On the other hand, a second reactor i always a necessity where carbon monoxide must be further reacted in order to produce hydrogen according to the formula when the gas mixture is to be employed in the synthesis of ammonia.

As previously mentioned, the possibility of a partial combustion, at a temperature not above 1000 C. and preferably of about 900 C., of practically pure gaseous hydrocarbons, with oxygen, in the absence of any catalyst and inert gas or steam, and of obtaining thereby a gaseous mixture consisting primarily of CO and H including only about 0.2% by volume of CH, and without the formation of gas black constitutes a substantial improvement over prior art, including applicants prior process disclosed in said Italian patent.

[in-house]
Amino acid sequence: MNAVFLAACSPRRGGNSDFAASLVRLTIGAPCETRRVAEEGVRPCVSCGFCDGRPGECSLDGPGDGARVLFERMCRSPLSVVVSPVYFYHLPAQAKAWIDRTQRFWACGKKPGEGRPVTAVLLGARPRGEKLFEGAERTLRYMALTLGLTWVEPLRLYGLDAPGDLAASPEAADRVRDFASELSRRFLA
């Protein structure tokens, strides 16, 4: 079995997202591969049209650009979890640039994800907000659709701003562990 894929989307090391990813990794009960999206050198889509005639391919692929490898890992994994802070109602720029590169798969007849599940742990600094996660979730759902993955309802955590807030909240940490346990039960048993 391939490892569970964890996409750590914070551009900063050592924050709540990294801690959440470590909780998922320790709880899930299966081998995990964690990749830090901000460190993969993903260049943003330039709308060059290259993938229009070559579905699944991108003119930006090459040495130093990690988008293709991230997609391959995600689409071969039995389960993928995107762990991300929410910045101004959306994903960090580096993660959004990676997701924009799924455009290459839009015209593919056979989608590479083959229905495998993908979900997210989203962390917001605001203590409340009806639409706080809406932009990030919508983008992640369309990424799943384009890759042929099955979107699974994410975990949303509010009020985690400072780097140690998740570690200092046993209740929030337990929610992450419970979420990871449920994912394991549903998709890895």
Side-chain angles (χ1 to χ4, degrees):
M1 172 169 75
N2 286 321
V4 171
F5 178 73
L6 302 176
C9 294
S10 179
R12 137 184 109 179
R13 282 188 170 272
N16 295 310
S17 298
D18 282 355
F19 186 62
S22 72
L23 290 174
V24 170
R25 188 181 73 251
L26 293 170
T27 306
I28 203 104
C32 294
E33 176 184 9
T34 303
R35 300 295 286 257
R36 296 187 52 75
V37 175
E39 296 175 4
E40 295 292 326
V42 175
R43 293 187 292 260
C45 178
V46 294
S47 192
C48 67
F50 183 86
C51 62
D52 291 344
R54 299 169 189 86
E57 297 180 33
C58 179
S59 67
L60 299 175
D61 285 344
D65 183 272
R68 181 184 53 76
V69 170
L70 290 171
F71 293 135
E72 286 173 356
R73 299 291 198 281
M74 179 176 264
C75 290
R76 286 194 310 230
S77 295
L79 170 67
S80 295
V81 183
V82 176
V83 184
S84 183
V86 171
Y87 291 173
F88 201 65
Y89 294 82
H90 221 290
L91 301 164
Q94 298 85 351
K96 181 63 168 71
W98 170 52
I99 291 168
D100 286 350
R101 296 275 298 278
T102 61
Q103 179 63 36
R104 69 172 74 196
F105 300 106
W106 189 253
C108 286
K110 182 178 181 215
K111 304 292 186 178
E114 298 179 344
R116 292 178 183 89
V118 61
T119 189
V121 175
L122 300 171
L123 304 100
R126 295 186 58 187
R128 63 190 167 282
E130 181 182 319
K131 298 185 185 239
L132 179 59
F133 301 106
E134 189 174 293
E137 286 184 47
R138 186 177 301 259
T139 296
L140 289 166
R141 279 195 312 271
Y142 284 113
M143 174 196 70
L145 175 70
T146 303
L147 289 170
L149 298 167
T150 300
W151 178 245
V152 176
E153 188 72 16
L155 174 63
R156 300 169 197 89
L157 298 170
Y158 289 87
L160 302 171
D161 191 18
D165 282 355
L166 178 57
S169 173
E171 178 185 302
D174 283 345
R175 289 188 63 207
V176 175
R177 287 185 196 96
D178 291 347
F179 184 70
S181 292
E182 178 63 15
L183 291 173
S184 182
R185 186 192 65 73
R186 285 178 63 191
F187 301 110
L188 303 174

The two reacting gases are pre-mixed and introduced into the oven or reactor by means of one or by several burners, each consisting of a pro-mixer and an outlet tube. According to this invention, the necessary intimate pro-mixing is predicated upon the force of impact and the respective directions of the two gas streams, which must be such as to insure a high level of that component of the velocity which is essential for the impact and the mutual penetration of the two gas streams. Moreover,

two extremely thin streams attain a microscopically uniform composition of the mixed gas stream entering into the burner.